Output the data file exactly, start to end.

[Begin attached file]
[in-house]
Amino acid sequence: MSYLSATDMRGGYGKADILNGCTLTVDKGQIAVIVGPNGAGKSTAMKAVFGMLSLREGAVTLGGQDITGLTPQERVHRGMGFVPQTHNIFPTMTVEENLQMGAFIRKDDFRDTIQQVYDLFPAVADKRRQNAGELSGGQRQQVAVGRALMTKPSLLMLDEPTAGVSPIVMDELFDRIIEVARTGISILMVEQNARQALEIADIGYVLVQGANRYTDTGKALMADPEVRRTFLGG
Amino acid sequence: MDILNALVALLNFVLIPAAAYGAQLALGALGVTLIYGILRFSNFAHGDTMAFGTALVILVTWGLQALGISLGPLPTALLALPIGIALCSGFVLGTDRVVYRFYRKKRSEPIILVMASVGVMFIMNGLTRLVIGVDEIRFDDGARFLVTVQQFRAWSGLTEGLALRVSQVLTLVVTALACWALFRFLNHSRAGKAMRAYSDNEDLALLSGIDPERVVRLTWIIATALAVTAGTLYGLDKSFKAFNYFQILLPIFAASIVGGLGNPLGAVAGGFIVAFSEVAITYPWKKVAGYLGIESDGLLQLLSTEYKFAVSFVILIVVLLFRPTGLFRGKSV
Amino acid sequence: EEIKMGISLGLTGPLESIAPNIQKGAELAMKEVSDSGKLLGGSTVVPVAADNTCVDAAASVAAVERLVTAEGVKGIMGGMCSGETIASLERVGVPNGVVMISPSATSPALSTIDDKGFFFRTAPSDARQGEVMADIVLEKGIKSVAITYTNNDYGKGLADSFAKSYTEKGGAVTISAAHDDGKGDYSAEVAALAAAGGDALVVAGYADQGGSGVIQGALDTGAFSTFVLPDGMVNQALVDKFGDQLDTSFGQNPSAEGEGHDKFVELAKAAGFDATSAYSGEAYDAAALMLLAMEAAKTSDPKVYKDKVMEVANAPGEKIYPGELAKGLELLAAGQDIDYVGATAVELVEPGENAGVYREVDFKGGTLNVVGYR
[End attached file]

[in-house]
Amino acid sequence: MSYLSATDMRGGYGKADILNGCTLTVDKGQIAVIVGPNGAGKSTAMKAVFGMLSLREGAVTLGGQDITGLTPQERVHRGMGFVPQTHNIFPTMTVEENLQMGAFIRKDDFRDTIQQVYDLFPAVADKRRQNAGELSGGQRQQVAVGRALMTKPSLLMLDEPTAGVSPIVMDELFDRIIEVARTGISILMVEQNARQALEIADIGYVLVQGANRYTDTGKALMADPEVRRTFLGG
Amino acid sequence: MDILNALVALLNFVLIPAAAYGAQLALGALGVTLIYGILRFSNFAHGDTMAFGTALVILVTWGLQALGISLGPLPTALLALPIGIALCSGFVLGTDRVVYRFYRKKRSEPIILVMASVGVMFIMNGLTRLVIGVDEIRFDDGARFLVTVQQFRAWSGLTEGLALRVSQVLTLVVTALACWALFRFLNHSRAGKAMRAYSDNEDLALLSGIDPERVVRLTWIIATALAVTAGTLYGLDKSFKAFNYFQILLPIFAASIVGGLGNPLGAVAGGFIVAFSEVAITYPWKKVAGYLGIESDGLLQLLSTEYKFAVSFVILIVVLLFRPTGLFRGKSV
Amino acid sequence: EEIKMGISLGLTGPLESIAPNIQKGAELAMKEVSDSGKLLGGSTVVPVAADNTCVDAAASVAAVERLVTAEGVKGIMGGMCSGETIASLERVGVPNGVVMISPSATSPALSTIDDKGFFFRTAPSDARQGEVMADIVLEKGIKSVAITYTNNDYGKGLADSFAKSYTEKGGAVTISAAHDDGKGDYSAEVAALAAAGGDALVVAGYADQGGSGVIQGALDTGAFSTFVLPDGMVNQALVDKFGDQLDTSFGQNPSAEGEGHDKFVELAKAAGFDATSAYSGEAYDAAALMLLAMEAAKTSDPKVYKDKVMEVANAPGEKIYPGELAKGLELLAAGQDIDYVGATAVELVEPGENAGVYREVDFKGGTLNVVGYR